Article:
Senate Backs Repeal of 2004 Medical Marijuana Law

Posted on March 31, 2011

0


By CODY BLOOMSBURG

HELENA — The Senate voted Thursday to repeal Montana’s voter-approved medical marijuana law, following an emotional debate colored by partisan finger-pointing.

The 29-21 vote was the latest episode in the ongoing saga to fix an act that many lawmakers say began with the intention of comforting the dying but has led to drug trafficking and the corruption of Montana’s youth.

Bitterness over a successful Democratic move Wednesday to stall a GOP bill to reform the state’s current law spilled over into Thursday. Republicans accused Democrats of forcing a repeal-or-nothing situation in an attempt to broker a deal for GOP votes on an unrelated bill.

Republicans said they refused to swap votes on a $97-million bonding bill for new state buildings in exchange for Democratic votes on a procedural motion that would have sent the reform bill to the House, despite its missing a key deadline.

The reform measure, Senate Bill 423, appears to be the last chance for reform this session. It passed over to the House today with many Democrats voting for it. But the Democrats’ move makes it much easier for the House to kill that measure.

House leaders have said they favor outright repeal over any other solution, and now SB 423 needs a difficult two-thirds vote in the House to be considered. The repeal bill, House Bill 161, is sponsored by House Speaker Mike Milburn, R-Cascade.

Tempers were still running hot when the repeal bill hit the Senate floor on Thursday. But the emotion was most evident in the long silence as Sen. Chas Vincent, R-Libby, stood with his microphone in hand, trying to find his words explain his decision to vote for repeal after having opposed it.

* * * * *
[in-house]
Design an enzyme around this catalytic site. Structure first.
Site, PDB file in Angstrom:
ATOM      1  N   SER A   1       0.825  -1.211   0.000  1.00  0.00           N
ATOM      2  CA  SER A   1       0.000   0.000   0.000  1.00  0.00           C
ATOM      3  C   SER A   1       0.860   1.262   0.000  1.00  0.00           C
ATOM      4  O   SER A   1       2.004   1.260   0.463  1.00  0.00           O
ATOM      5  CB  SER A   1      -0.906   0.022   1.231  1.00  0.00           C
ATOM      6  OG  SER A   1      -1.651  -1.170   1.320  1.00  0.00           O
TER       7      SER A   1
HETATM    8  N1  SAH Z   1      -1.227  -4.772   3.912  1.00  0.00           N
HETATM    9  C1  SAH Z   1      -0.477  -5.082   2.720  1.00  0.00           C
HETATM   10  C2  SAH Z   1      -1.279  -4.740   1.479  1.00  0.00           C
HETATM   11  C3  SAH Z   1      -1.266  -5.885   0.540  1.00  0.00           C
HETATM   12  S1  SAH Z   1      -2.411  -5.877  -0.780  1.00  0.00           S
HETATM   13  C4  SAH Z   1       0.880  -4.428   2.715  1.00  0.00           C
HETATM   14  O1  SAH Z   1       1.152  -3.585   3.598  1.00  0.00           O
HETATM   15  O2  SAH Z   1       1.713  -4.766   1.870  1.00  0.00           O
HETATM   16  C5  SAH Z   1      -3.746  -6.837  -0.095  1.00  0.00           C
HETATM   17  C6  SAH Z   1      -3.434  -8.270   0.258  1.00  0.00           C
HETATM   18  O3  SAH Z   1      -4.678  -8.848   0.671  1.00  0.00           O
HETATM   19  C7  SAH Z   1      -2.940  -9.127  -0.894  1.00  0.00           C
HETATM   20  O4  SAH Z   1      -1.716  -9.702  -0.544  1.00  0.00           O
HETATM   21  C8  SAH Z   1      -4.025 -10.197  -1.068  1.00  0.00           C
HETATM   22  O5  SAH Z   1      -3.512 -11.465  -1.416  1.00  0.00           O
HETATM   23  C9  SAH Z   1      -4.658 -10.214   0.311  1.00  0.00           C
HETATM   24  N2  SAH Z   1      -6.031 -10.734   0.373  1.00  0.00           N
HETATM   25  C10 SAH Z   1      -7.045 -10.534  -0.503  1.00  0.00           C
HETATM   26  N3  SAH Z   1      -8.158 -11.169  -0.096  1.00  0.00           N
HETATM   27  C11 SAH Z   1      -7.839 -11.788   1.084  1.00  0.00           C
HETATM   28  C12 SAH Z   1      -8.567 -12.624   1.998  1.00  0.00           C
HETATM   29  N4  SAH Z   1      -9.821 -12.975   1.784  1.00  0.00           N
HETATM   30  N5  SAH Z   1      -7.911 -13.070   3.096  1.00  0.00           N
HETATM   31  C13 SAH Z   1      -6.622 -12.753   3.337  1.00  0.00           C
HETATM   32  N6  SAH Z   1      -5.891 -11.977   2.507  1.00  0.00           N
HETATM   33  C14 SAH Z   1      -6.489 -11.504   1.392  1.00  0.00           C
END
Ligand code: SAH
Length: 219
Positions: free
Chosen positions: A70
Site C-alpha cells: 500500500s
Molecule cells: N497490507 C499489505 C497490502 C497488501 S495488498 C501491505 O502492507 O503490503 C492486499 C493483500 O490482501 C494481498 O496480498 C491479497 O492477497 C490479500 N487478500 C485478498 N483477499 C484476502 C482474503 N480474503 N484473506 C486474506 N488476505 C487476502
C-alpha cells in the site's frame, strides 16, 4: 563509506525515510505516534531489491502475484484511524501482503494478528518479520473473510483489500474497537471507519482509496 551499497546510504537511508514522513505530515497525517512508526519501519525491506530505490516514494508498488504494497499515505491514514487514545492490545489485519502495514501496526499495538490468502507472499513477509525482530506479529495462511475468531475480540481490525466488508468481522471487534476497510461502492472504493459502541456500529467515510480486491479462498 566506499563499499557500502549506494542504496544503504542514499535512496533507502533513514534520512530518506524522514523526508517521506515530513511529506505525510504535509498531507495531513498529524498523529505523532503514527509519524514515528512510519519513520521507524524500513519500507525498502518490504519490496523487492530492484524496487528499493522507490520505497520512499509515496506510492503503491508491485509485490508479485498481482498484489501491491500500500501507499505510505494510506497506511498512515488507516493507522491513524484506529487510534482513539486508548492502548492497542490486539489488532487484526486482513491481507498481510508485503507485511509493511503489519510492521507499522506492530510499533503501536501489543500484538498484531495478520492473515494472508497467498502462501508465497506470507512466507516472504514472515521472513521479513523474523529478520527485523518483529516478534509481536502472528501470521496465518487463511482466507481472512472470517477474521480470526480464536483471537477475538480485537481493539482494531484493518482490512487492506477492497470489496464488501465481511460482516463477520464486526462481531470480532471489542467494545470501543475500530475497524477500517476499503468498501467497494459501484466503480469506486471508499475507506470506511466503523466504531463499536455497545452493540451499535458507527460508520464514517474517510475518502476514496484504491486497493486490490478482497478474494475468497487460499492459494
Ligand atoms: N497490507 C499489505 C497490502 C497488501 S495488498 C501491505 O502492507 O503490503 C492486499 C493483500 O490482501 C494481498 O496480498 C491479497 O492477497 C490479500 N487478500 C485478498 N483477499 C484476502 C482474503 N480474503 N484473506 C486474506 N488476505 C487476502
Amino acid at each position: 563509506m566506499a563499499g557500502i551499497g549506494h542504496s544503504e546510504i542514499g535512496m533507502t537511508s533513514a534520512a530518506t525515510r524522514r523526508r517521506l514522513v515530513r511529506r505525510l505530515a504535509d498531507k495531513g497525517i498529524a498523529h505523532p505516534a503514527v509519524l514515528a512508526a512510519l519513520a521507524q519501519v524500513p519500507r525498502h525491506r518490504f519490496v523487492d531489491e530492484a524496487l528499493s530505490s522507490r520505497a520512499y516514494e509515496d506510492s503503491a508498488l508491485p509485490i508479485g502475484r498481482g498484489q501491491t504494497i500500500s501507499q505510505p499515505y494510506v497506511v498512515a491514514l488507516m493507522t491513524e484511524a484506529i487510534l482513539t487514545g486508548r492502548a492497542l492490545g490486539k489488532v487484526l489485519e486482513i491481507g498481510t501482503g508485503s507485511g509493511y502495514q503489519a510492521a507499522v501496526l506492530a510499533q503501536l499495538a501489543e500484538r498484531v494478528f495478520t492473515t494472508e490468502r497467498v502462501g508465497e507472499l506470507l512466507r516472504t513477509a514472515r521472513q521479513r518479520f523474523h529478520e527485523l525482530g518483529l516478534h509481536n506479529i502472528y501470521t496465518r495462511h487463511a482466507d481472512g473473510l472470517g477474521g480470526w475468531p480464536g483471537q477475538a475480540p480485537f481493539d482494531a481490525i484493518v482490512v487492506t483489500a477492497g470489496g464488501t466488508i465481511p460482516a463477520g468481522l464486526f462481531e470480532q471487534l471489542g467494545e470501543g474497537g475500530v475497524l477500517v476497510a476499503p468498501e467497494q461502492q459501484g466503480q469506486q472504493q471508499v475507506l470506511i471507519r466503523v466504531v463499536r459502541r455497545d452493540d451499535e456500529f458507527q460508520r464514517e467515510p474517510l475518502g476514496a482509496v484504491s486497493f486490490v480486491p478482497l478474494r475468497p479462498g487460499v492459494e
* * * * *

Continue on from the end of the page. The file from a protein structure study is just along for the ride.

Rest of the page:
Vincent was one of the two Republicans who had voted recently to keep the repeal bill bottled up in committee so he and two other senators could draft the reform measure.

“Talk about political suicide, for crying out loud,” he said. “My county didn’t even vote for medical marijuana. It went down in my county. I’m in the minority in my caucus, and I’m going against my base for what I believe to be a principled decision.”

He said that while he continues to believe that marijuana can help some patients, abuse of the current law is too dangerous to the state.

Democrats said sick people from across Montana have pleaded with lawmakers via e-mail not to take away a drug that helps them. Repeal only punishes those who need that help, they said.

“What they are begging of us is to be allowed to live because this herb has helped them,” said Sen. Ron Erickson, D-Missoula.

But most Republicans held fast to their contention that repeal was the lesser of two evils.

“A lot of them are using medicine, Sen. Erickson,” said Sen. Art Wittich, R-Bozeman. “But a lot of them are just smoking pot.”

The repeal bill will be up for a final Senate vote Friday. After that, the  fate of the medical marijuana law will rest with the House, and perhaps, ultimately, with Gov. Brian Schweitzer.

– Reporter Cody Bloomsburg can be reached at 208-816-0809 or by e-mail at crbloomsburg@hotmail.com

Posted in: Daily Grind